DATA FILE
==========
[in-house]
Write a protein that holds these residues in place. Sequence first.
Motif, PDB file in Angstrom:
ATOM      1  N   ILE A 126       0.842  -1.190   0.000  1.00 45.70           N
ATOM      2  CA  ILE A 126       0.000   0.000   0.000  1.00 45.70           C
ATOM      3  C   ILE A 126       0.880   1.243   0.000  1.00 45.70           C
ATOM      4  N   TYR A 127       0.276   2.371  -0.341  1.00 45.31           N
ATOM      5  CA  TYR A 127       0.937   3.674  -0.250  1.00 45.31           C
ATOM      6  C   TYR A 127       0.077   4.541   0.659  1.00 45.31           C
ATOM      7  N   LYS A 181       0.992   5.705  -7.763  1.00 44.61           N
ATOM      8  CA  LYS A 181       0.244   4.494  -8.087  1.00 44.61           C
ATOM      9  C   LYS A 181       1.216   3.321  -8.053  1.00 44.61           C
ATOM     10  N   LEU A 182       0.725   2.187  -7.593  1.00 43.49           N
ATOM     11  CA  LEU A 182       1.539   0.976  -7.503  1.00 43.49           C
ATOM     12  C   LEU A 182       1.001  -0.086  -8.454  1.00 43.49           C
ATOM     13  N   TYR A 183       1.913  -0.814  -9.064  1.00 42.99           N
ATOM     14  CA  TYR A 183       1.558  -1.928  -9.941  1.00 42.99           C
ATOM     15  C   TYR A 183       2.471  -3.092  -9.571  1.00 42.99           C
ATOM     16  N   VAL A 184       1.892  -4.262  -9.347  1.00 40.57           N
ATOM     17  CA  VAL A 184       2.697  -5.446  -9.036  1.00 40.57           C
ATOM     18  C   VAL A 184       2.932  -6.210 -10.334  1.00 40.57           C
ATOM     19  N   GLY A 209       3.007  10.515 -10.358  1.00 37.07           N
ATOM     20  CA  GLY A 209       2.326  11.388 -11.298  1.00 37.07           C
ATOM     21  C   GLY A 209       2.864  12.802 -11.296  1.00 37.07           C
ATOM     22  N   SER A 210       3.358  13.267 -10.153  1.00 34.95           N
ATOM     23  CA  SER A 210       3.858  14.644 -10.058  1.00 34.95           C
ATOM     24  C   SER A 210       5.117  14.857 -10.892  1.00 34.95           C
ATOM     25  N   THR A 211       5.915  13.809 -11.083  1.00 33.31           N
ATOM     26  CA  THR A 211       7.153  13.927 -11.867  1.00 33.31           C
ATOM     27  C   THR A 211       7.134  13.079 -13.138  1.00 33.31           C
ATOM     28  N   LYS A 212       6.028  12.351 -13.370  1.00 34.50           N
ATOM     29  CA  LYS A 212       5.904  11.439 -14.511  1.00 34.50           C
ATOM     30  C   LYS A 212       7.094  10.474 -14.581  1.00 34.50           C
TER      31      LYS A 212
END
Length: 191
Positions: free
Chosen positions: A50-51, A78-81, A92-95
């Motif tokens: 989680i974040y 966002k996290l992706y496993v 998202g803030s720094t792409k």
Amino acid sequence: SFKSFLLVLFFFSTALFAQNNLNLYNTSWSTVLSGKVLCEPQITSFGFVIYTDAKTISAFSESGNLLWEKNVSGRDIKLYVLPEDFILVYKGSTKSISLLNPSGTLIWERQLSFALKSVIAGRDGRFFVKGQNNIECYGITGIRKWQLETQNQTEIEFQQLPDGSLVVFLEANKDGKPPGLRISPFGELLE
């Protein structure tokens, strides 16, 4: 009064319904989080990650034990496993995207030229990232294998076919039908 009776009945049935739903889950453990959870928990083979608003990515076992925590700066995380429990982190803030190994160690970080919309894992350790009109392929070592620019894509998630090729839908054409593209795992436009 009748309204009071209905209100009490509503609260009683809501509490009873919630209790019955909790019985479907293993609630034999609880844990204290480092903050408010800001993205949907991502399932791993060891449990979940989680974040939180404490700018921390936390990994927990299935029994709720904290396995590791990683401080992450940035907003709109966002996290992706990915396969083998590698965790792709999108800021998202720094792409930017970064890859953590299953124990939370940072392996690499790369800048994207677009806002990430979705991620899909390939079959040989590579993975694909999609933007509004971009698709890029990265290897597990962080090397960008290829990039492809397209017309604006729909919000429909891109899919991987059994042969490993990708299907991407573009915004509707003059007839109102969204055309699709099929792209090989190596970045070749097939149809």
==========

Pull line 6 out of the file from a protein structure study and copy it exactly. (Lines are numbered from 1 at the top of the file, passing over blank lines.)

ATOM      3  C   ILE A 126       0.880   1.243   0.000  1.00 45.70           C